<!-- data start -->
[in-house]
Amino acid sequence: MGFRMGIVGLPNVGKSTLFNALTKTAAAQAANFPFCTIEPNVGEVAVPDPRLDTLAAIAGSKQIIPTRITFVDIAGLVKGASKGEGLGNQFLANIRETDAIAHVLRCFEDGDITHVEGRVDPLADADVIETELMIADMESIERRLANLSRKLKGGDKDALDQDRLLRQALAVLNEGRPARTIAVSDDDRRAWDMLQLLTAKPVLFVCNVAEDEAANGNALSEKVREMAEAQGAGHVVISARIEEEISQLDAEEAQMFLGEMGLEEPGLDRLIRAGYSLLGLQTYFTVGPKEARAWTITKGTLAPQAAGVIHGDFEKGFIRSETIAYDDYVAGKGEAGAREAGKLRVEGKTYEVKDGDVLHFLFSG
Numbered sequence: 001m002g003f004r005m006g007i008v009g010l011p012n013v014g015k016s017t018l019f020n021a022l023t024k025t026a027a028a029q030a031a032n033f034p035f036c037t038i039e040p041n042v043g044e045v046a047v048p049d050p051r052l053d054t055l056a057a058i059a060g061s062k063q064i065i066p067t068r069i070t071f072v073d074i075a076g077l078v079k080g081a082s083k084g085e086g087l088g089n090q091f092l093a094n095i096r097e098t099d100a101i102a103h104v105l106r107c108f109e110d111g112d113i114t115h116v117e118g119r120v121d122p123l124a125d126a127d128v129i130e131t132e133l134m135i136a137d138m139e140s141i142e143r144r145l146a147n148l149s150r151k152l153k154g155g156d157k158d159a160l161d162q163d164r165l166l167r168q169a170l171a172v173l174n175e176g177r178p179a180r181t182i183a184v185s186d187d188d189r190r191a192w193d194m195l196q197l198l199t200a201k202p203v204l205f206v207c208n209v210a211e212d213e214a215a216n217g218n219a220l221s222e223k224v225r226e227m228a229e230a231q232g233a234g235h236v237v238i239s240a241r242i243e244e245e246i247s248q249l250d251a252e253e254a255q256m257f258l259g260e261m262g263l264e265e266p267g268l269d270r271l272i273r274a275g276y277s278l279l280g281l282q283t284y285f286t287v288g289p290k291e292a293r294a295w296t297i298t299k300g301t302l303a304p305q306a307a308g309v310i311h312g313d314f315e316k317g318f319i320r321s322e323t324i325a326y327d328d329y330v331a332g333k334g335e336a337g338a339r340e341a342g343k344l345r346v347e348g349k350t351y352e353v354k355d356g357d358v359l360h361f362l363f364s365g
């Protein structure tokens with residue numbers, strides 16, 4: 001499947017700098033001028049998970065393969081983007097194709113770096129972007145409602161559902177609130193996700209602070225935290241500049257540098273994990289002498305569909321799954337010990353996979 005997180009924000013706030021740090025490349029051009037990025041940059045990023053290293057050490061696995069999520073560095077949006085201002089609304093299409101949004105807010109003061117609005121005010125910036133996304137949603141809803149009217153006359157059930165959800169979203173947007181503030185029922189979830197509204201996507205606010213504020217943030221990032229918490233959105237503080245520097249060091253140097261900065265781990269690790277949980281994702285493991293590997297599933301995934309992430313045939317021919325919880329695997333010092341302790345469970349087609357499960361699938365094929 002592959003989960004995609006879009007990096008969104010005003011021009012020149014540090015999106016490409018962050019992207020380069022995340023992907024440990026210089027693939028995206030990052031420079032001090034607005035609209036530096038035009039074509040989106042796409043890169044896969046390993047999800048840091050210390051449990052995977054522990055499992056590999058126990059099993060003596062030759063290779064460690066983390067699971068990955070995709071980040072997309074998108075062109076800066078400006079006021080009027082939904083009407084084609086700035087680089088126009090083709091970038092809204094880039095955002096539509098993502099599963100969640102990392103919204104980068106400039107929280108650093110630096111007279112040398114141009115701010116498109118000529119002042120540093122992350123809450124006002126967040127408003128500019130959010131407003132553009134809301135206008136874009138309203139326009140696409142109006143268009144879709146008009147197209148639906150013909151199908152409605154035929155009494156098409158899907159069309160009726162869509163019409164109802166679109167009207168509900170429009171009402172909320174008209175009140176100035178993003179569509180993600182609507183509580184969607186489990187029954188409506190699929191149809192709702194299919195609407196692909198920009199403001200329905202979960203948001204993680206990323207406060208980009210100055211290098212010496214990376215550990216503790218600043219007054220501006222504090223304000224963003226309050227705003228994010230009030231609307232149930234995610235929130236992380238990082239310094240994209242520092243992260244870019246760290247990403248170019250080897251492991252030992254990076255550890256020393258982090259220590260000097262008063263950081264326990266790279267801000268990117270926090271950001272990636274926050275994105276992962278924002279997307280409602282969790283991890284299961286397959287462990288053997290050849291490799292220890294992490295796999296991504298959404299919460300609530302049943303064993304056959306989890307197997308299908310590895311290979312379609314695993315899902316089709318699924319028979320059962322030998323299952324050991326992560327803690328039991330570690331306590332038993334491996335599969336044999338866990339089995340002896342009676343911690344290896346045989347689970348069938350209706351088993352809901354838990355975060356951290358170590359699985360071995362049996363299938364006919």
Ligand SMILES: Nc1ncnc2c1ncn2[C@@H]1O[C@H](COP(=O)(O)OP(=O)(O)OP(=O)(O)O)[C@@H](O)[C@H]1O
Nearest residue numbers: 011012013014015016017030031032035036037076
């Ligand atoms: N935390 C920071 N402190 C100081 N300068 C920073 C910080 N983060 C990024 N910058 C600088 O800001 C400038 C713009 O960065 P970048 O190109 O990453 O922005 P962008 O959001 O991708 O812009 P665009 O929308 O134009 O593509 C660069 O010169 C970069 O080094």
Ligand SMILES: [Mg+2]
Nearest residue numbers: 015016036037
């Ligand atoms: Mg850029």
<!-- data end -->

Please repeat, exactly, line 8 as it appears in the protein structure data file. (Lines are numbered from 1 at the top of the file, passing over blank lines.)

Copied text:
Ligand SMILES: [Mg+2]